DRM systems take two approaches to securing content. The first is "containment," an approach where the content is encrypted in a shell so that it can only be accessed by authorized users. The second is "marking," the practice of placing a watermark, flag, or an electronic tag on content as a signal to a device that the media is copy protected.
Some content industries argue that digital media will lead to large-scale piracy, a la NAPSTER's sound recording peer-to-peer file sharing, on an alarming basis. The technology community is concerned that DRM technology and legislation requiring the inclusion of copy control systems pose serious threats to privacy, open source software development, and the fair use of copyrighted content. Technical standards have provided little defense against copyright piracy in the past (the software industry has attempted to use them) and alienated consumers. Legislative mandate of any type of technology standard is intrusive and could fundamentally change the path of free-market technological development.
Impact to Business
The US motion picture industry lobbied the US Congress to impose copy protection standards on technology industries and successfully obtained draft legislation to this effect in 2002. The introduction of draft legislation was followed by a series of intensive negotiations and meetings with Members of Congress by industry and consumer group representatives on all sides of the issue. The result was a senior level group, representing a range of technology and content industries, engaged in dialogue regarding the technical possibilities of establishing a DRMs standard. This group, the Copyright Technical Working Group (CPTWG) and other private sector consortia, have worked to address the issue. The US Congress remains engaged on the issue.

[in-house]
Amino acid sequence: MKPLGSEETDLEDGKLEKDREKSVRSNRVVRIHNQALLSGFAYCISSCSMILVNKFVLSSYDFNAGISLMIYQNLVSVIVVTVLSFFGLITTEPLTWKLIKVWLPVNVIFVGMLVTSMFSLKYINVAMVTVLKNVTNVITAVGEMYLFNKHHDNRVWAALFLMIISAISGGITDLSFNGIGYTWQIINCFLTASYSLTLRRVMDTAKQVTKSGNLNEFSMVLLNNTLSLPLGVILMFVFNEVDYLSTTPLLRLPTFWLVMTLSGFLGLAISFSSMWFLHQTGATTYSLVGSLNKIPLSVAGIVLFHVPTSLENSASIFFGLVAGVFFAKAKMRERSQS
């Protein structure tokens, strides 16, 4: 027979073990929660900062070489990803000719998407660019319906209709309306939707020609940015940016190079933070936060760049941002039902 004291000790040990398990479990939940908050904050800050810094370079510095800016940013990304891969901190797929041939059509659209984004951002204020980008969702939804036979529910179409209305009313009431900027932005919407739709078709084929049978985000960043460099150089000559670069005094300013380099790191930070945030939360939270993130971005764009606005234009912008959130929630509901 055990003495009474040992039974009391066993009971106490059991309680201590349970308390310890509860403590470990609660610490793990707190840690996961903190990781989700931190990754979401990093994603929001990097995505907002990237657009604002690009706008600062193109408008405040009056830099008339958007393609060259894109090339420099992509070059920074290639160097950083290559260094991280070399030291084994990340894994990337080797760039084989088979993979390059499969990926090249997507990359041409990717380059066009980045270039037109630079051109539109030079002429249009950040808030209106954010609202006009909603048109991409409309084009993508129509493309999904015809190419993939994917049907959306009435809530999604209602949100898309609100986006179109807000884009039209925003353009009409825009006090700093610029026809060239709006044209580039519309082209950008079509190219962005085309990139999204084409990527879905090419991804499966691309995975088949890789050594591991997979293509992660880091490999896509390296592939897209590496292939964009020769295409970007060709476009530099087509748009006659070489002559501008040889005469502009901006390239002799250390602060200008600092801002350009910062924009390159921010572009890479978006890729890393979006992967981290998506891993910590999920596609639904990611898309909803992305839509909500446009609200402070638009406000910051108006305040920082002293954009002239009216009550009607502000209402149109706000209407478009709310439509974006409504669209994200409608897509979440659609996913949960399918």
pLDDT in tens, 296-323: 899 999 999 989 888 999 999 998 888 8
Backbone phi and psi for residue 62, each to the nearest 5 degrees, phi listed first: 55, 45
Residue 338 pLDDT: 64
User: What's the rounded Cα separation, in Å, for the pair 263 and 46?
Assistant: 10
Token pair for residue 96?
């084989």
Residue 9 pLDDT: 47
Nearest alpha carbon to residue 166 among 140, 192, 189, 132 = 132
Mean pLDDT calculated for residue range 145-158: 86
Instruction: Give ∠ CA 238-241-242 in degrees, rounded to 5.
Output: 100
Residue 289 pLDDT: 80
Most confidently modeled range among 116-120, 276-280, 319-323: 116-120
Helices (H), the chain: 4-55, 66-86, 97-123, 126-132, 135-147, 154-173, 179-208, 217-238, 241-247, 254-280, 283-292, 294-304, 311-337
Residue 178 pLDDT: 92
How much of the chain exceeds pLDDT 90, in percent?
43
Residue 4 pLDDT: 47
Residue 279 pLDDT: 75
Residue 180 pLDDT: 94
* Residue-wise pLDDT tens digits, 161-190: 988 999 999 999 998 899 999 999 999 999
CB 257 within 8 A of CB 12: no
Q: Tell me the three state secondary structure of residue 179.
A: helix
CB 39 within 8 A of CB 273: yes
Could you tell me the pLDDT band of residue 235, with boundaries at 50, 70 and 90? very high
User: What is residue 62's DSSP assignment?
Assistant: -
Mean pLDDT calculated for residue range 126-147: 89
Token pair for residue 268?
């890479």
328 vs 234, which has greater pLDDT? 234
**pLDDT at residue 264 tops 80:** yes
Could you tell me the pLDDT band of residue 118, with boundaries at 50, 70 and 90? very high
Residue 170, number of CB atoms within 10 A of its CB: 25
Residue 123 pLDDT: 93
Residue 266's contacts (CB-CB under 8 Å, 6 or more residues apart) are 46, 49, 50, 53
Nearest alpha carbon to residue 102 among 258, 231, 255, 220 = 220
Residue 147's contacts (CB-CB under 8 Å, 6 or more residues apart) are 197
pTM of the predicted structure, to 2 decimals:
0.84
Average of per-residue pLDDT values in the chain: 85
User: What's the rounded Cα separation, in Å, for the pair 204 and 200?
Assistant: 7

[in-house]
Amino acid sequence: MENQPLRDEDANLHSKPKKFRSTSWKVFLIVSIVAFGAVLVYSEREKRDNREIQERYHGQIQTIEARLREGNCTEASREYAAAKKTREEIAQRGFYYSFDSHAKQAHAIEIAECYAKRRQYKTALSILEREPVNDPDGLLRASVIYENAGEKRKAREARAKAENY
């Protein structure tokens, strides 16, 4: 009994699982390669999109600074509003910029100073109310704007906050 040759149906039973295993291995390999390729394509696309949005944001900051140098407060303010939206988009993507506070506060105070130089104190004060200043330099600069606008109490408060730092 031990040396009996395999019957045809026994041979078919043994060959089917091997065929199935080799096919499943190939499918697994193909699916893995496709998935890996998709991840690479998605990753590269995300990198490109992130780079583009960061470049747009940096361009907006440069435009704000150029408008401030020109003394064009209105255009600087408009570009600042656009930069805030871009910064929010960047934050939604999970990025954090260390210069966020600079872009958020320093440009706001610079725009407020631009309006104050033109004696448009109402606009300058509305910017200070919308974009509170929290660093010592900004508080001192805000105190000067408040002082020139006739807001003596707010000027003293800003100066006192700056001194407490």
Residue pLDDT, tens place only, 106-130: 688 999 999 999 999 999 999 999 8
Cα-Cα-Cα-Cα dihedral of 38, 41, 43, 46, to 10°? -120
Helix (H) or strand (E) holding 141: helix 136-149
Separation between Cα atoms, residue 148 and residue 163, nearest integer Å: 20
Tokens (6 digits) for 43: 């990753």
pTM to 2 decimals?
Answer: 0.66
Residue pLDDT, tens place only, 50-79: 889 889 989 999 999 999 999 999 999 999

The Federal Communications Commission (FCC) issued rules on the specific issue of digital broadcast and the ability to make analog copies. The FCC has required a "broadcast flag" recognition technology for use in systems to receive over-the-air digital television broadcasting. The FCC may consider similar requirements in the case of digital radio broadcasts in the future.
In Europe, the European Commission's Copyright Directive supports the use of DRMs. While the Directive does not impose the adoption of DRMs, it does call for voluntary measures by copyright holders to protect copyrighted materials. It also establishes that fair compensation to copyright holders for legal, private copying should take into account the application or non-application of technical protection measures.
There is, however, a lack of clarity as to if or how DRMs will be taken into account when defining new levy schemes as required by the Directive.
The European Commission acts as a facilitator who promotes a DRM environment that is acceptable to all market players. Ultimately, it is up to the different stake holders, such as industry, right holders, collecting societies and users, to build consensus on the applicability of DRM. To this end, a Commission Staff Working Paper on DRMs has been published to assess the policy options available for promoting the use of DRM. Workshops on DRM were held on 28 February 2002 and on 25 March 2003. As a result, four working groups were established. The Commission considers legislation tackling DRM issues a last resort and believes that standards should be developed by industry and be voluntary.
In March 2004, the Commission established a High Level Group on DRM. The group presented a final report on Intellectual Property and Digital Rights Management Systems in July 2004.